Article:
It’s no secret that over the last few years social media and user generated content have surged online. But lately I have not purchased a product or service without reading other people’s opinions on it.

These opinions don’t belong to friends or families yet, they have become crucial to my purchasing decisions, online and off. It’s become natural for me to search for reviews on almost everything and these are normally very easy to find.

To not look at reviews has become a gamble.

Review example Just Eat

Consumer behaviour has certainly changed in this regard but has the presence of online reviews changed the way businesses operate for the better?

I’m not alone in my obsession, 61% of customers read online reviews before making a purchase decision, with 47% of Brits being online reviewers themselves. There is no shortage of user generated content out there providing up to date and impartial opinions on anything from a fortnights stay in the Bahamas to pizza delivery. Admittedly, I’m more familiar with the latter but the point is there’s reviews out there for almost everything.

TripAdvisor’s entire presence is built around user generated content with the recent addition of booking through the platform. Airbnb has made reviewing crucial to the process with ‘Super host’ (hosts who have 5 stars in 80% of their reviews) gaining a badge of excellence and their listings appear at the top of results. Uber asks you to review your taxi driver no matter the length of your ride. Amazon even allow you to comments on reviews themselves and rate their helpfulness.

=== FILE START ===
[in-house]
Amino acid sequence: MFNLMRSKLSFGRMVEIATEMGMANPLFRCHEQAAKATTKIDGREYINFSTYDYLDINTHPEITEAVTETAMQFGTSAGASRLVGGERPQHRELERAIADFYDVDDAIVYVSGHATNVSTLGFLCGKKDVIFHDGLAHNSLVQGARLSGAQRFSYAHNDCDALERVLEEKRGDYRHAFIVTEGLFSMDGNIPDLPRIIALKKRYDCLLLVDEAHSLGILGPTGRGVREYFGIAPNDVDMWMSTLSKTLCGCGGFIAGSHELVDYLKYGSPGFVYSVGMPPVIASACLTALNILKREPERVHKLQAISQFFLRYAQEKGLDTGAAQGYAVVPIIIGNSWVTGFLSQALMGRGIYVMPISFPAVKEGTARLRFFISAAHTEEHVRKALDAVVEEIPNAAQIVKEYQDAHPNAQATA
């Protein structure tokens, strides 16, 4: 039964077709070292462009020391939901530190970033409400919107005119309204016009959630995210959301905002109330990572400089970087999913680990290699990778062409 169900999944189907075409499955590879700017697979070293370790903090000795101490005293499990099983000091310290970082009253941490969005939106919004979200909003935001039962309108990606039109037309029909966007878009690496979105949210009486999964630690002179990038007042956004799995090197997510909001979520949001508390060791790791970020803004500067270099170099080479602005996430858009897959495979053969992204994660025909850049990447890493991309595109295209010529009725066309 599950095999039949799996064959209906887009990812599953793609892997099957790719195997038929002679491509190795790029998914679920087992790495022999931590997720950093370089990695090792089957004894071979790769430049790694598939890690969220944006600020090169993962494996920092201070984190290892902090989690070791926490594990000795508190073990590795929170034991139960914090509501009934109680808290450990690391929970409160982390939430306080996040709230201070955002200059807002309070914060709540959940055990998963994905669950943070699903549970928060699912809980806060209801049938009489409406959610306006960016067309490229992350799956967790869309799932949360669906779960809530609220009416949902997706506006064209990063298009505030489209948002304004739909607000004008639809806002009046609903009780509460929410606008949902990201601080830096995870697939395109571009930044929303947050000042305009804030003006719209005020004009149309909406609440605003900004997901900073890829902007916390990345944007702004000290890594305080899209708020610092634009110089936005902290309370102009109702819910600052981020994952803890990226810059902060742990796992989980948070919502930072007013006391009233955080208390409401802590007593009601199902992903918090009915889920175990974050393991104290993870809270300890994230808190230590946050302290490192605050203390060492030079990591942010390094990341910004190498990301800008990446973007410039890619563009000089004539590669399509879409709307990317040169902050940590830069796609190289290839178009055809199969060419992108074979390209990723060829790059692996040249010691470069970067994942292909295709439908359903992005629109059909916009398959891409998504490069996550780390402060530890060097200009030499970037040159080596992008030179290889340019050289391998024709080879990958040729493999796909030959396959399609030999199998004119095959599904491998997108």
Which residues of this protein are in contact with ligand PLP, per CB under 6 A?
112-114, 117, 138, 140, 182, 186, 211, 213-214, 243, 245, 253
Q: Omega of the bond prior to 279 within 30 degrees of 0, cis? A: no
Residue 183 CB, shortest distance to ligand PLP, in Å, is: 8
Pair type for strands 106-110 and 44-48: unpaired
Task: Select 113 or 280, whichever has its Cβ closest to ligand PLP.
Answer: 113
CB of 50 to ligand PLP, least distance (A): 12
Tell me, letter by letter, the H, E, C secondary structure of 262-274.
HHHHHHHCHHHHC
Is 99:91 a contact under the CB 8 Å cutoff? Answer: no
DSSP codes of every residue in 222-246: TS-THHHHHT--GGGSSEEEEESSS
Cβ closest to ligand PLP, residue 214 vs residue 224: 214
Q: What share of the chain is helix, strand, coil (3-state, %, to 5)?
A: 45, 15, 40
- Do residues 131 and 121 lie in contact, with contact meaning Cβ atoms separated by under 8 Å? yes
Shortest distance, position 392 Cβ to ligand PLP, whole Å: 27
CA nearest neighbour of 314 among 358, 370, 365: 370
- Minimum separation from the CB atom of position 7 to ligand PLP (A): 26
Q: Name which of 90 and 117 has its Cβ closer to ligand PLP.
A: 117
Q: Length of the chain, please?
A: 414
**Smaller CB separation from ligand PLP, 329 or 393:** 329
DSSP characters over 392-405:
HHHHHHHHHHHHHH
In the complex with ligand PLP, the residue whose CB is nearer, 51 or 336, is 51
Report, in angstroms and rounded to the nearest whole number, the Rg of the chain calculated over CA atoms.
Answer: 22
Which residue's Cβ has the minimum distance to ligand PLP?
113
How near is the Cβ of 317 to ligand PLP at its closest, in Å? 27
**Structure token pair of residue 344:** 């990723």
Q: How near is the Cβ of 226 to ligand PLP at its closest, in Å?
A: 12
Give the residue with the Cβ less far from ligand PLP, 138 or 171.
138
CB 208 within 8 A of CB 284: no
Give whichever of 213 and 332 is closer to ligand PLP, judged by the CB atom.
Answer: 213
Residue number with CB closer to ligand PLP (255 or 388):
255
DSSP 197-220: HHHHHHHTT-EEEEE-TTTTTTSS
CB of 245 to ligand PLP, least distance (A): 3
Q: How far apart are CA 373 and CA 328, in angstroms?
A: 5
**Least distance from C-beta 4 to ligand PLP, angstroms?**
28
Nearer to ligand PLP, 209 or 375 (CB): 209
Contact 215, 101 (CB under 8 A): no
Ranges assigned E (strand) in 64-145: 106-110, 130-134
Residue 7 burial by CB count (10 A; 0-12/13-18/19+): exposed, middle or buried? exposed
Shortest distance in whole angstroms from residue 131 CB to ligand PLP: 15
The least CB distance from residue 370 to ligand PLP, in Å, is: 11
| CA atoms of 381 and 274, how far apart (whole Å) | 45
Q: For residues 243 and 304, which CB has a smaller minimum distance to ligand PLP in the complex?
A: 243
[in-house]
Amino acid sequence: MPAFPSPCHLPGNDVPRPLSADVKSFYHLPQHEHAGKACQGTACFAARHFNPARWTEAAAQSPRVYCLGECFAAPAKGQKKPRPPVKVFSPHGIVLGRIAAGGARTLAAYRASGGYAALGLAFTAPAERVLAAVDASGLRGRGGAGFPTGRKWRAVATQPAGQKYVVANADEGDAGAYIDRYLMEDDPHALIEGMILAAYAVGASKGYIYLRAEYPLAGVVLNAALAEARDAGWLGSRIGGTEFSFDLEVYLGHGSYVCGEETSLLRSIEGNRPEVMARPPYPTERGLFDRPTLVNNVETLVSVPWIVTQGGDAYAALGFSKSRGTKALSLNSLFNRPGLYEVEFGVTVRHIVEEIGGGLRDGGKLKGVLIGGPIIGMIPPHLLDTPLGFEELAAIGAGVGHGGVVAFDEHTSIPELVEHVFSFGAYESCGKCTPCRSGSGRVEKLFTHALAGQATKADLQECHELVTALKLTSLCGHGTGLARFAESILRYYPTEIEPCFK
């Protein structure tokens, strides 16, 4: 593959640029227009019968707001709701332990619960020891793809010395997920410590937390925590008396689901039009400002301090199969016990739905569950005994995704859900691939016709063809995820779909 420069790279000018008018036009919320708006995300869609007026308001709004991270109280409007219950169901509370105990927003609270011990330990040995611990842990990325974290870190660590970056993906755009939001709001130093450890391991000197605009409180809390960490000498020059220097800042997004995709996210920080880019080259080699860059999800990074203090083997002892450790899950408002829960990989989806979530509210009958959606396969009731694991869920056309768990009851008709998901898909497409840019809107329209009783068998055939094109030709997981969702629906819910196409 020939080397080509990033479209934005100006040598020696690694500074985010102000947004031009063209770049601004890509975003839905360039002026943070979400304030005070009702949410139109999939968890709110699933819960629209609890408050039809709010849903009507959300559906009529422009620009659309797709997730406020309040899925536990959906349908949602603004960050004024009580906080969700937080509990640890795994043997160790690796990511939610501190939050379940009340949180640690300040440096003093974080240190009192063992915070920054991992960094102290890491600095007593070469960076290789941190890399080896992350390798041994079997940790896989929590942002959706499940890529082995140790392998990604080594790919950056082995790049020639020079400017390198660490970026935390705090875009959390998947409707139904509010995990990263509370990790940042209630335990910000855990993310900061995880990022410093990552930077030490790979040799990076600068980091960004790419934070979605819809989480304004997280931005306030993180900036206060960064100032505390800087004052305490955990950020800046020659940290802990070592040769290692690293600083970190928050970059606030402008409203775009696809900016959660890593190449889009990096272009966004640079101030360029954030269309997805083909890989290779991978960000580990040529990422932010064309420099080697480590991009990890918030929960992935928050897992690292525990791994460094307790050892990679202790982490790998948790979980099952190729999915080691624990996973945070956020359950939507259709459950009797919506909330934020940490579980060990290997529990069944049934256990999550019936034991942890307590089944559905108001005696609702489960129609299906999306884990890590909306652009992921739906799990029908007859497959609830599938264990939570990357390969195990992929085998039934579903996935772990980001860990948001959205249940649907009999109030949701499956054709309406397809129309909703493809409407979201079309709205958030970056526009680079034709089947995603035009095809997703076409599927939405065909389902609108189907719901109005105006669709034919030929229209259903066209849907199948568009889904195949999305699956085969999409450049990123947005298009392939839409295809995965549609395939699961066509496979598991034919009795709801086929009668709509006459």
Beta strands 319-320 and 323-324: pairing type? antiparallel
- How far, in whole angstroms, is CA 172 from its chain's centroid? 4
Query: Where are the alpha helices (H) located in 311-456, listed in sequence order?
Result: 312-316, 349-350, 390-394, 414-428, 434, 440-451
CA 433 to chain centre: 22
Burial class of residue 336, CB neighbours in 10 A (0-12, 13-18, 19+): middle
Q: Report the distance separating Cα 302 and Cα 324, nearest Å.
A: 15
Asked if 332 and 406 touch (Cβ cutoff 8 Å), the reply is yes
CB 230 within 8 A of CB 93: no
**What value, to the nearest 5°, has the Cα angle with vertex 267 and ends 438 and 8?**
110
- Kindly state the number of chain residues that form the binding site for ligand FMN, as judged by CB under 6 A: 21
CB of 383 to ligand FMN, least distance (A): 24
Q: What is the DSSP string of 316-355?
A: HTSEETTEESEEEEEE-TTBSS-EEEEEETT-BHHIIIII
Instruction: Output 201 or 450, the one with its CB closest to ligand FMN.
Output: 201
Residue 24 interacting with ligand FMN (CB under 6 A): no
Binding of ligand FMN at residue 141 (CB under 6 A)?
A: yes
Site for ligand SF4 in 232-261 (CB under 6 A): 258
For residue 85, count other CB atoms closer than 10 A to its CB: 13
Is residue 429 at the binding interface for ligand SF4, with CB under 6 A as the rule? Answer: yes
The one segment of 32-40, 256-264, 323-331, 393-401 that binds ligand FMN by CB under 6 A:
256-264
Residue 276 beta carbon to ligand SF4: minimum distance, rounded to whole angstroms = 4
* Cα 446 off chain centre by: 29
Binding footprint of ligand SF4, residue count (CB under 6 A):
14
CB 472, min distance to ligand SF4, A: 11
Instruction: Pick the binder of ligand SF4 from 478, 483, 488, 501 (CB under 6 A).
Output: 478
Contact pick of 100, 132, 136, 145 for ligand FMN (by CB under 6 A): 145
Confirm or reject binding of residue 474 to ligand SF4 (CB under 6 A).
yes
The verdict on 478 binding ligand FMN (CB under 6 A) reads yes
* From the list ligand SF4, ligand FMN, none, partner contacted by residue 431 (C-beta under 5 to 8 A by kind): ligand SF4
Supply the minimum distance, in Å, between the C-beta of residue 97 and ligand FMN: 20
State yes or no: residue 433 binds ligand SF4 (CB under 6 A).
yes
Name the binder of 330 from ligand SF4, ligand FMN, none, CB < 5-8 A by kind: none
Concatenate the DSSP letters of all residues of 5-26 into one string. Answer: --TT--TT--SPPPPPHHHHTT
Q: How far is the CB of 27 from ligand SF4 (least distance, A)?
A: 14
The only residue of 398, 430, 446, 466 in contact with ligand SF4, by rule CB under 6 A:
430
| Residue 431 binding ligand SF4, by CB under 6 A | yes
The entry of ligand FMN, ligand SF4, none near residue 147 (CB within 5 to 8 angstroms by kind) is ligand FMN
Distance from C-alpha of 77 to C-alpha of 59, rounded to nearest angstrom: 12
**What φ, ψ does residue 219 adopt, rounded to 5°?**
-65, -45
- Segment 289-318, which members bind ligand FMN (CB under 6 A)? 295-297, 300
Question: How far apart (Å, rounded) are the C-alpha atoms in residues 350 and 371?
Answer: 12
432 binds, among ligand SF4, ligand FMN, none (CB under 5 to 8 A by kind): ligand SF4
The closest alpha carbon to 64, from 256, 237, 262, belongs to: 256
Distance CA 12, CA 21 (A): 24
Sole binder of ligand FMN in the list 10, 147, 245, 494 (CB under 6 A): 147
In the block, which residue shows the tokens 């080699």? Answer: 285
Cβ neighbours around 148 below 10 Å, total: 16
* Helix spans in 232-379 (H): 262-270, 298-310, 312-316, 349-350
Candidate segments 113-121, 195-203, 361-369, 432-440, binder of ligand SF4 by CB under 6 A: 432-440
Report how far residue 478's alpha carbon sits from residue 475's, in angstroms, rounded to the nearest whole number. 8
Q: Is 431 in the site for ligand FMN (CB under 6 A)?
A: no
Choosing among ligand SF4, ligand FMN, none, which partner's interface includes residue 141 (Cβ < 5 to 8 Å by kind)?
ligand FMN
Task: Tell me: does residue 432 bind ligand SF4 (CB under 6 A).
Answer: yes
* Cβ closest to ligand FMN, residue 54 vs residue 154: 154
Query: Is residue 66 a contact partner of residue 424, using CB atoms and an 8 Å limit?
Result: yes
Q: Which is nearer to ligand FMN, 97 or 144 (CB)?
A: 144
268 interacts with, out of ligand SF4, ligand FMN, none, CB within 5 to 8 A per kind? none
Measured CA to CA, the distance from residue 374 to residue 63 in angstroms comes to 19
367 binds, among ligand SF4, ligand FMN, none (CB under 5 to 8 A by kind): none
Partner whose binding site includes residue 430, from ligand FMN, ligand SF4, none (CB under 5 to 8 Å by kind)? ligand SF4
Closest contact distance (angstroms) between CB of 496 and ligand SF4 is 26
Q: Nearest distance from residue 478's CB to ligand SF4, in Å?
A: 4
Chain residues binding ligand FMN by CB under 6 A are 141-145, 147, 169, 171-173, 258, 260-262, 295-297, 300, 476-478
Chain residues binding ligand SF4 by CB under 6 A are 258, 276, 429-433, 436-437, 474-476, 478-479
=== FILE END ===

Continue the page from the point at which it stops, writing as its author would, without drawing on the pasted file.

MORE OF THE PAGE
Air BnB review blog example

Recently I read an opinion that online reviews were making us miserable. We constantly compare products and services in search of the ‘’pie-in-the-sky ideal’’. It crossed my mind that reviews have gone too far and perhaps the current consumer is in fact searching for perfection without enjoying the process of discovery for themselves.

It’s this position that I must compare to the effect that online reviews have on businesses.

Online reviews generate up to date content which differs from a generic product specification or description, this enables products to meet search criteria that perhaps they wouldn’t previously. It’s said that consumers are more likely to trust reviews when they see both good and bad opinions. Users are said to suspect fake content if they don’t see any negative opinions on the page. Bad reviews can’t be good for businesses, right? Clearly this isn’t something businesses are going to actively seek out. However, it is the way that these reviews are handled which can become invaluable. If a bad opinion is voiced and a business handles this effectively with graciousness and pose in the public eye this can only add to the trust that reviews instil.

So, do online reviews compel businesses to strive for better products and services? If so, this must be great for businesses and consumers alike. But have reviews gone too far? I suppose the balance lies within the risk for the consumer.

Whatever the answer, it’s clear that online reviews matter. It’s important for businesses to be proactive in gaining positive reviews and turn negative reviews into examples of great customer service.

November sees the controversial launch of an app allowing users review people. Yep, people.

We used reviews to inform KiA drivers in our award-winning campaign last year. Take a look at our other case studies here.